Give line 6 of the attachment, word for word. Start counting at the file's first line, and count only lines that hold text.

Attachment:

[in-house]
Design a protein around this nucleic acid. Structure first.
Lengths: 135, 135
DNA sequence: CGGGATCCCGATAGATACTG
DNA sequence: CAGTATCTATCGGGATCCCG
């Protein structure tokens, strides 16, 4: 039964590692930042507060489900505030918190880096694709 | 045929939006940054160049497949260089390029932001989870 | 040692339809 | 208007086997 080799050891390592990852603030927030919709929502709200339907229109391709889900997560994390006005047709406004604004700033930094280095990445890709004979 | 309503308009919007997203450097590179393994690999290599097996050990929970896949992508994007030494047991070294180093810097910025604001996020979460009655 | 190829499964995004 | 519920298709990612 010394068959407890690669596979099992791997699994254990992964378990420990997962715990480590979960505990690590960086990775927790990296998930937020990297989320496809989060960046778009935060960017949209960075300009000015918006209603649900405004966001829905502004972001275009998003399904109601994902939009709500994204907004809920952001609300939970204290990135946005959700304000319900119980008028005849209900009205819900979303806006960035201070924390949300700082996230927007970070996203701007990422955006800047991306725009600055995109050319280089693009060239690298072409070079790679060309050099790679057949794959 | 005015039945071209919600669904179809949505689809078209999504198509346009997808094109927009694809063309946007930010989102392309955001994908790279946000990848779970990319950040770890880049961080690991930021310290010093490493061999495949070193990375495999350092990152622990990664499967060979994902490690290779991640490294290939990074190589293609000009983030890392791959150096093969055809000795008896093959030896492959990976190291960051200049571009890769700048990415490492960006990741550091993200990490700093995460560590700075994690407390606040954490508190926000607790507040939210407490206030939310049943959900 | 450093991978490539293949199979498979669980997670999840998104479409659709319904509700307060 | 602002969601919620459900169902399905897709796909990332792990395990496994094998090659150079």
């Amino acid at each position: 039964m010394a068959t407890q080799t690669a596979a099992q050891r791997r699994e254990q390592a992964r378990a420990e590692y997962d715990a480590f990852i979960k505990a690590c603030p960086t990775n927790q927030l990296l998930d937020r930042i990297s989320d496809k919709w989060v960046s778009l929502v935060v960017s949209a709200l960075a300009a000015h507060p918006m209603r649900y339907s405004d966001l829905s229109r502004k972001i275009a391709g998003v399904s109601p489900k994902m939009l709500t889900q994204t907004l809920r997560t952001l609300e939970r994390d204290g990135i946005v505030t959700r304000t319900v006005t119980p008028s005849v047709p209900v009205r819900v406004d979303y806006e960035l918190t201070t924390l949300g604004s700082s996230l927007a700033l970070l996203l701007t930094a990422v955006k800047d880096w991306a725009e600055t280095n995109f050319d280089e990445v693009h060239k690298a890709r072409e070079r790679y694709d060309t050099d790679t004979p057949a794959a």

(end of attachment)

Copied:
């Protein structure tokens, strides 16, 4: 039964590692930042507060489900505030918190880096694709 | 045929939006940054160049497949260089390029932001989870 | 040692339809 | 208007086997 080799050891390592990852603030927030919709929502709200339907229109391709889900997560994390006005047709406004604004700033930094280095990445890709004979 | 309503308009919007997203450097590179393994690999290599097996050990929970896949992508994007030494047991070294180093810097910025604001996020979460009655 | 190829499964995004 | 519920298709990612 010394068959407890690669596979099992791997699994254990992964378990420990997962715990480590979960505990690590960086990775927790990296998930937020990297989320496809989060960046778009935060960017949209960075300009000015918006209603649900405004966001829905502004972001275009998003399904109601994902939009709500994204907004809920952001609300939970204290990135946005959700304000319900119980008028005849209900009205819900979303806006960035201070924390949300700082996230927007970070996203701007990422955006800047991306725009600055995109050319280089693009060239690298072409070079790679060309050099790679057949794959 | 005015039945071209919600669904179809949505689809078209999504198509346009997808094109927009694809063309946007930010989102392309955001994908790279946000990848779970990319950040770890880049961080690991930021310290010093490493061999495949070193990375495999350092990152622990990664499967060979994902490690290779991640490294290939990074190589293609000009983030890392791959150096093969055809000795008896093959030896492959990976190291960051200049571009890769700048990415490492960006990741550091993200990490700093995460560590700075994690407390606040954490508190926000607790507040939210407490206030939310049943959900 | 450093991978490539293949199979498979669980997670999840998104479409659709319904509700307060 | 602002969601919620459900169902399905897709796909990332792990395990496994094998090659150079």